Gregoire's visit: Help for small business pledged
Thursday, February 3, 2005
Washington State - Newly elected Gov. Christine Gregoire made her inaugural visit to Southwest Washington on Wednesday, embarking on a tour of the area that focused on small businesses and economic development.
Gregoire stopped at nLight, a Vancouver manufacturer of high-powered semiconductor lasers; the advertising agency Rocketshop; the Vancouver Farmers Market; the Vancouvercenter project; and the Port of Vancouver.
The destinations gave Gregoire a glimpse into the hardships faced by small businesses and of an emerging workforce of knowledge-based businesses some say could be a driving force in the area's economy and continued revitalization of downtown.
"I think much of the economic opportunity that lies here and around the state is small business," she said. "I know all too often we focus on big business. Well, at one point big business was small business."
Gregoire intends to propose changes today to the state's business and occupational tax structure to give small businesses a break. She said small business owners have complained of spending the bulk of their available funds to start a company and then are forced to immediately pay a business tax despite not having the chance to turn a profit.
Gregoire would like to see a higher threshold and less paperwork.
She intends to provide specifics of the proposal today.
The governor also announced a joint partnership with Oregon to create an economic development plan for the Portland-Vancouver region.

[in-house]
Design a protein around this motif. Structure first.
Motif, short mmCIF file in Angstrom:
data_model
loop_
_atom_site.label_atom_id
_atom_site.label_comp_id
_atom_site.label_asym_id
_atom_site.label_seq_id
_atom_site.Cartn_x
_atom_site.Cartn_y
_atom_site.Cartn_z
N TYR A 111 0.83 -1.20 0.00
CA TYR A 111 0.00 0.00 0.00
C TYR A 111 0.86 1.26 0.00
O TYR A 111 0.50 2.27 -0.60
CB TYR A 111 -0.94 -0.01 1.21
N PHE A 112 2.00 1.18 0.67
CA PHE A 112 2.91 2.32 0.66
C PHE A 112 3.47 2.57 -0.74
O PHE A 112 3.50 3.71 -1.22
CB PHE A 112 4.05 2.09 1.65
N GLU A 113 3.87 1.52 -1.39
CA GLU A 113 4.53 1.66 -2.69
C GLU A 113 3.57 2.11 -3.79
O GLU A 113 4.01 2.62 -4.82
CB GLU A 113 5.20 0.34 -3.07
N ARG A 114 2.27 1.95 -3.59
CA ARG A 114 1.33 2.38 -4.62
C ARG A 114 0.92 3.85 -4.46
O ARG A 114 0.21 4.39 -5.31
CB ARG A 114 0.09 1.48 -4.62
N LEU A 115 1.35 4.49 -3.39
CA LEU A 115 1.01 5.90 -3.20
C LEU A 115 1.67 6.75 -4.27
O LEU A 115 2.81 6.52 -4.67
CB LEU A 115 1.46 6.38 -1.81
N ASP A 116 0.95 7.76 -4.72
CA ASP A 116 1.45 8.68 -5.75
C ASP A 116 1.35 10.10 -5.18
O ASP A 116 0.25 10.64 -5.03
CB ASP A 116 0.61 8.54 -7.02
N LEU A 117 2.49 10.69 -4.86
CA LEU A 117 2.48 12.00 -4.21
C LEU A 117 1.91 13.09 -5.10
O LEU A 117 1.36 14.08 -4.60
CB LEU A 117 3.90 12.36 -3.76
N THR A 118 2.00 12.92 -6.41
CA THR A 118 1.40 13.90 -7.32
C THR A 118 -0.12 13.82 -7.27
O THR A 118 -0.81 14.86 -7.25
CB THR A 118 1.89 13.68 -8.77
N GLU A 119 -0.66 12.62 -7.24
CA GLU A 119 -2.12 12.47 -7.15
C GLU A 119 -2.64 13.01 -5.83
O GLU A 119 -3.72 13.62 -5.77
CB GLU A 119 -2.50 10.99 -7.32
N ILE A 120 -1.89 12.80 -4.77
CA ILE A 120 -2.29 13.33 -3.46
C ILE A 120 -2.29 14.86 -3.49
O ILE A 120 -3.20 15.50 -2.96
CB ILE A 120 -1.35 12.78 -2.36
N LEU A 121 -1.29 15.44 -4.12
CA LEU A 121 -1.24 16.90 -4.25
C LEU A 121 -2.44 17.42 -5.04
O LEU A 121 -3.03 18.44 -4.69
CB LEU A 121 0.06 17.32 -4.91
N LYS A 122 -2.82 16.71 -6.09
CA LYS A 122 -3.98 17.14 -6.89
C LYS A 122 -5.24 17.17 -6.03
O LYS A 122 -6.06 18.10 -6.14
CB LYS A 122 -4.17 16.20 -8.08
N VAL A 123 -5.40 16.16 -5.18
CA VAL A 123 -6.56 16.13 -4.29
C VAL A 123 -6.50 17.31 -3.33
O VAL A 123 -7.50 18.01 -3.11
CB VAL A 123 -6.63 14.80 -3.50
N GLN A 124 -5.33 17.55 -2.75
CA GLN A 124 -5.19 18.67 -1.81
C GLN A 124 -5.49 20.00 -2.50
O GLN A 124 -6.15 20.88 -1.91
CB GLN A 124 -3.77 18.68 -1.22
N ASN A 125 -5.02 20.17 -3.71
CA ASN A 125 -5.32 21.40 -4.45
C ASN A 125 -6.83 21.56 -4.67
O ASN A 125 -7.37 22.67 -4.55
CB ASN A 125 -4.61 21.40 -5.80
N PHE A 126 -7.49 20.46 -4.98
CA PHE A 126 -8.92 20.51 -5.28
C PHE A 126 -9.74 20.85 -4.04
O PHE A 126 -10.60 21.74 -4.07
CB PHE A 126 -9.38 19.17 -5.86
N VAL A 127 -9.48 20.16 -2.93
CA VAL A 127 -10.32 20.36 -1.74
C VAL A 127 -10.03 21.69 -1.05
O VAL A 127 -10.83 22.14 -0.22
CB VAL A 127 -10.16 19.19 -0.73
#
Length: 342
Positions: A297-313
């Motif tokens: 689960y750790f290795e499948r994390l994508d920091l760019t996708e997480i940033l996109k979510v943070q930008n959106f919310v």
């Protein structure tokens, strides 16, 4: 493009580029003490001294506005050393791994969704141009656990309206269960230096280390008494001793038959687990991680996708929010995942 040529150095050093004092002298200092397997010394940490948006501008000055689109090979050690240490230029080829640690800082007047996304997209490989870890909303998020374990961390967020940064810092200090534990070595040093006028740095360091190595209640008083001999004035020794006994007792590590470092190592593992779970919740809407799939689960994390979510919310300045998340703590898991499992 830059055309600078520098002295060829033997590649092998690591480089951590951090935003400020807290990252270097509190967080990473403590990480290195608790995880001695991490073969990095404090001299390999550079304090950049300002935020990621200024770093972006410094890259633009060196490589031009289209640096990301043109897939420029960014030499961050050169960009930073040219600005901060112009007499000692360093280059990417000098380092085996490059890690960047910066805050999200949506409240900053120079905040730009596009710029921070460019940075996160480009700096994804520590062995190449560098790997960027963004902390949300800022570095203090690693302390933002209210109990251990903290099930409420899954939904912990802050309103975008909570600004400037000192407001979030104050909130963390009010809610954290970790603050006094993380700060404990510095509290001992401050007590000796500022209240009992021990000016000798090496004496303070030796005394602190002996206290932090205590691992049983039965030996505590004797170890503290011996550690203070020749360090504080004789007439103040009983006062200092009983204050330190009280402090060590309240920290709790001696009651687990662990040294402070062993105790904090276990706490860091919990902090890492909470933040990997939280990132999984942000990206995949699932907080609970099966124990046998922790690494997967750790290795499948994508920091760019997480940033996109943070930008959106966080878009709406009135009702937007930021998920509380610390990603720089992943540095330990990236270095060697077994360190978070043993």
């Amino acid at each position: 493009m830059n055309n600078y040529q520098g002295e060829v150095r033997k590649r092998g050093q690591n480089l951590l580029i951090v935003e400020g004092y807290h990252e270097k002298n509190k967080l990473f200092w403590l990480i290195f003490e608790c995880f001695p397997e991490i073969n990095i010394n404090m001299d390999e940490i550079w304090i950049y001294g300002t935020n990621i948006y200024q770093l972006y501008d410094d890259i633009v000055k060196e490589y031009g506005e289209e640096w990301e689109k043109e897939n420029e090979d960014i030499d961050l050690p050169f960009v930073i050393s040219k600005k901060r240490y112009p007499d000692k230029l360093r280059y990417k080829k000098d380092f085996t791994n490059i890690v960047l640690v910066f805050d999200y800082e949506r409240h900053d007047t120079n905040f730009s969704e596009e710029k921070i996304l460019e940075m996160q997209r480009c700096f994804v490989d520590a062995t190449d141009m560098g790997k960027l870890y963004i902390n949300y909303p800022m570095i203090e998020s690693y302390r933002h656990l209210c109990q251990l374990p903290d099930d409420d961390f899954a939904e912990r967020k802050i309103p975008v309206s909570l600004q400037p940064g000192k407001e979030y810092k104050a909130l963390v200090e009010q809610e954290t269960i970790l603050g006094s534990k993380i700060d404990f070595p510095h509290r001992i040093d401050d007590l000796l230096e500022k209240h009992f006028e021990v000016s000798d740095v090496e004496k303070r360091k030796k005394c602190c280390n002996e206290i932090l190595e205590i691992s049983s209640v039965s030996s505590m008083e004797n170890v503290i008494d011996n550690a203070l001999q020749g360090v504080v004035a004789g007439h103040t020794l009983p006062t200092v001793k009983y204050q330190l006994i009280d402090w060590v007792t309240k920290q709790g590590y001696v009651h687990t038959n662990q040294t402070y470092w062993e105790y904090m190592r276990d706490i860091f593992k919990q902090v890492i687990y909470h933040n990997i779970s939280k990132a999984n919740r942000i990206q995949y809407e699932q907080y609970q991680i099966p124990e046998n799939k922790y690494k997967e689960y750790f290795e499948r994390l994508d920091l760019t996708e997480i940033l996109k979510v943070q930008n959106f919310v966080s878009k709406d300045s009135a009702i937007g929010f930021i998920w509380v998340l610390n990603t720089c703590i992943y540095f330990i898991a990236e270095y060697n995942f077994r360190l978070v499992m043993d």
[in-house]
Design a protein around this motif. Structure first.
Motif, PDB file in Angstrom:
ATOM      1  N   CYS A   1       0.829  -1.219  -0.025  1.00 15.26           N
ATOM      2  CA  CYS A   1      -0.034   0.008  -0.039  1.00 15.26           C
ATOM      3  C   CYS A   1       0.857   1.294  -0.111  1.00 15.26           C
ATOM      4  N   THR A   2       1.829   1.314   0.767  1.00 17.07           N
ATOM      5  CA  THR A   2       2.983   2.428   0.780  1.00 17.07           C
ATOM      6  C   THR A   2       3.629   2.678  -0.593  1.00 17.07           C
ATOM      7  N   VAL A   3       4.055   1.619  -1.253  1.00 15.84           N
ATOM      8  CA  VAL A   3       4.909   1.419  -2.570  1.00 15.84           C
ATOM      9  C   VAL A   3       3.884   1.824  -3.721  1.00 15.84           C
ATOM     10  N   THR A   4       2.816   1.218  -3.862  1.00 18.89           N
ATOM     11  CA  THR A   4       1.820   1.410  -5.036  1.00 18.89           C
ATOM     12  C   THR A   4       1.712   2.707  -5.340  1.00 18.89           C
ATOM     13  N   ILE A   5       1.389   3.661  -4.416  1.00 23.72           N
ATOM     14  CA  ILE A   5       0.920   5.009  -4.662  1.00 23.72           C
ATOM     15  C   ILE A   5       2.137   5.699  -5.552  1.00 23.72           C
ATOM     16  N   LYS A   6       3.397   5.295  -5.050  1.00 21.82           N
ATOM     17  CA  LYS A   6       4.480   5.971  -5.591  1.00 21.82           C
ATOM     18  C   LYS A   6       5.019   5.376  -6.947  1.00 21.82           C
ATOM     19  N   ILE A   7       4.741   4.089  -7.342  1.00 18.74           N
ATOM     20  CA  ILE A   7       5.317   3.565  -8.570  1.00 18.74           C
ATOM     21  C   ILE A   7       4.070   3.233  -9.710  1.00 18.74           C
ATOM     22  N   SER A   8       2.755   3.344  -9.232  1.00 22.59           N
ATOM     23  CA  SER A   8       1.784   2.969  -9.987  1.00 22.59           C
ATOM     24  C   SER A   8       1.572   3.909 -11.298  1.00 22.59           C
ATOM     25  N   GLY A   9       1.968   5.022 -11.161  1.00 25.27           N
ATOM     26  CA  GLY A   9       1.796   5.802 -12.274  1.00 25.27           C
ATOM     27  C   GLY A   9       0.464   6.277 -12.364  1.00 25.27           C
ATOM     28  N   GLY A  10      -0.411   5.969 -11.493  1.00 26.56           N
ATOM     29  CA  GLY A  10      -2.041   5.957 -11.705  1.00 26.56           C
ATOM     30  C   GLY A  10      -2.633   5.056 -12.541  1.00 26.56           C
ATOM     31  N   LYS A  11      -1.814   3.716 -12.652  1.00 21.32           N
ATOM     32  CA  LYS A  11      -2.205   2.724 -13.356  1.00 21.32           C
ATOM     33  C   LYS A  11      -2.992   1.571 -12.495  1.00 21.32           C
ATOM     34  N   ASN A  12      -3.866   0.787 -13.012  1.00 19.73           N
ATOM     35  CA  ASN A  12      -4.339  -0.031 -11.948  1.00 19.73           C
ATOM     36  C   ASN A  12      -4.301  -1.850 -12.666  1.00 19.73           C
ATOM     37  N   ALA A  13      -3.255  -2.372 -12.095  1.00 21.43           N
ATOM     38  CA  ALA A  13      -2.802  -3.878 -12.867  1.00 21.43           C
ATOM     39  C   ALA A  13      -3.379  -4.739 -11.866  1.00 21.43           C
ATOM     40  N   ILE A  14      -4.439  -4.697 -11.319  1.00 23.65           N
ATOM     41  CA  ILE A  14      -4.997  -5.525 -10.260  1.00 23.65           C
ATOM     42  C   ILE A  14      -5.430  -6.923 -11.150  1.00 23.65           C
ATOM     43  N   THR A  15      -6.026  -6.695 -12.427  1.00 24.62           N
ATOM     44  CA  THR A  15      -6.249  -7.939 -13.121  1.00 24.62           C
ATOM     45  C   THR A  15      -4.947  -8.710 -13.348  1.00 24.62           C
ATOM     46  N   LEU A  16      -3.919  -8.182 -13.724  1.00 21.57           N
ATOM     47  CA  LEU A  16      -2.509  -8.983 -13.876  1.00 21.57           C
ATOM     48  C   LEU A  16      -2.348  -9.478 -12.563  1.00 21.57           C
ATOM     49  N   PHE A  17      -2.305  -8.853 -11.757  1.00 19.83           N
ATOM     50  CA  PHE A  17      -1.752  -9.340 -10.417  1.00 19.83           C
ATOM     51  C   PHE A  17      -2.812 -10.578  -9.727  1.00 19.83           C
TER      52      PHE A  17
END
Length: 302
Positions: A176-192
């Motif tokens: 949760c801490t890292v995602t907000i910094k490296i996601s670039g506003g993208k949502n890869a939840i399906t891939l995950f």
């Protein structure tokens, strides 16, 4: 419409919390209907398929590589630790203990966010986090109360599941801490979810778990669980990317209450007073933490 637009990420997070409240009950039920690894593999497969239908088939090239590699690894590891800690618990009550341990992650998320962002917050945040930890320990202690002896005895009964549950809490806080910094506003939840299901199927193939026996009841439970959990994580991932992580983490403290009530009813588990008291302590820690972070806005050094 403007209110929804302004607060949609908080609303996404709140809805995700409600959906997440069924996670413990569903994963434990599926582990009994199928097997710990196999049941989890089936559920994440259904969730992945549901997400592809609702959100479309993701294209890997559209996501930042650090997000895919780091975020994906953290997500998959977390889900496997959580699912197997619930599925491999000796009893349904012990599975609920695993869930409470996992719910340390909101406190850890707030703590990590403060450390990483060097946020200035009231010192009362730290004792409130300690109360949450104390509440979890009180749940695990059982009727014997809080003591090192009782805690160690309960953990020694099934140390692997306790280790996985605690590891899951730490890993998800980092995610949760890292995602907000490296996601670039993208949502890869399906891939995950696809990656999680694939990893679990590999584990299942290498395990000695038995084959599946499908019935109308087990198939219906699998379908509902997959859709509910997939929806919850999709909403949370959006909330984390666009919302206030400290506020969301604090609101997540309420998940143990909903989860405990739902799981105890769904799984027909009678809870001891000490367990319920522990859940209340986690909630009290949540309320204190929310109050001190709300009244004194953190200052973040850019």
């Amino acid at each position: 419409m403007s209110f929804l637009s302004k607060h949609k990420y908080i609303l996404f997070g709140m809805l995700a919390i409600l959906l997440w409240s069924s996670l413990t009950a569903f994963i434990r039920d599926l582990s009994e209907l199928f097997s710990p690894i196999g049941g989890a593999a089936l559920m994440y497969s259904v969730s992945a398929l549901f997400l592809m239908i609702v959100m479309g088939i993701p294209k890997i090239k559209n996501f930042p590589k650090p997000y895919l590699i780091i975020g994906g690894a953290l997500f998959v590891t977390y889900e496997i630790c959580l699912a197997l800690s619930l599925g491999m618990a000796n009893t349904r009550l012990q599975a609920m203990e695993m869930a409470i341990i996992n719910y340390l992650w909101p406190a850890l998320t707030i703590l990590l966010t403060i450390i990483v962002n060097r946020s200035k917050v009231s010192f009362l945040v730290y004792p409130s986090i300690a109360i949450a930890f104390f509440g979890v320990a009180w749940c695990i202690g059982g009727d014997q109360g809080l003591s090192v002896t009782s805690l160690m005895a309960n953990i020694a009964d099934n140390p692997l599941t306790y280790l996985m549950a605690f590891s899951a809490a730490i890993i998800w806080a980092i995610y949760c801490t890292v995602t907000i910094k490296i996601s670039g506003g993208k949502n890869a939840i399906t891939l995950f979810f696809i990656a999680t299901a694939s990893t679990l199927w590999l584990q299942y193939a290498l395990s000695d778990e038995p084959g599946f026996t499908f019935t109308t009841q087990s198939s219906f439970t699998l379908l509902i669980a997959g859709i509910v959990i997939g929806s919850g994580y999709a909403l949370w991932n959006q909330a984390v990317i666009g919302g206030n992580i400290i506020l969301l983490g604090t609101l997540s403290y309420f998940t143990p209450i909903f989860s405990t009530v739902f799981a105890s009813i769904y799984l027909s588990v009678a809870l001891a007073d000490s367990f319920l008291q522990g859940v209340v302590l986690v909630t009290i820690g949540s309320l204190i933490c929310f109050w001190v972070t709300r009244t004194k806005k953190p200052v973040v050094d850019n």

Gregoire has spoken several times about such issues as the Northwest Power Planning Council, the Columbia River Gorge Commission and the region's ports.
"Washington and Oregon can, and must, be partners on many issues, particularly on infrastructure such as the bridges between the two states," Gregoire said in a press release.
Vancouver Mayor Royce Pollard applauded the effort.
"We are a region and we have to think and act as a region," Pollard said. "What is good for Portland may be good for Vancouver and Southwest Washington. What's good for Vancouver will certainly be good for them."
Gregoire's visit came less than a month after her Jan. 12 inauguration and a bitterly contested race against Republican Dino Rossi, a real estate agent and former state senator. Gregoire, the state's former attorney general, beat Rossi by 129 votes after a manual recount overturned Rossi's leads after the initial count and a machine recount.
The disputed race is in the hands of the courts after Republican leaders challenged Gregoire's victory.
Gregoire mentioned during Wednesday's visit the impact small businesses have had in the revitalization of downtown Vancouver.
She said healthy downtowns and businesses go hand in hand.
City, community and economic leaders say that by tapping into and encouraging creative workers to move to Vancouver, their efforts can spur the local economy and help downtown's rebirth.
This workforce brings together artists, writers, engineers, architects and other professions that rely on intellectual property.
Jonathan Nelson covers business for The Columbian. He can be reached at 360-759-8013 or via e-mail at jonathan.nelson@columbian. com.
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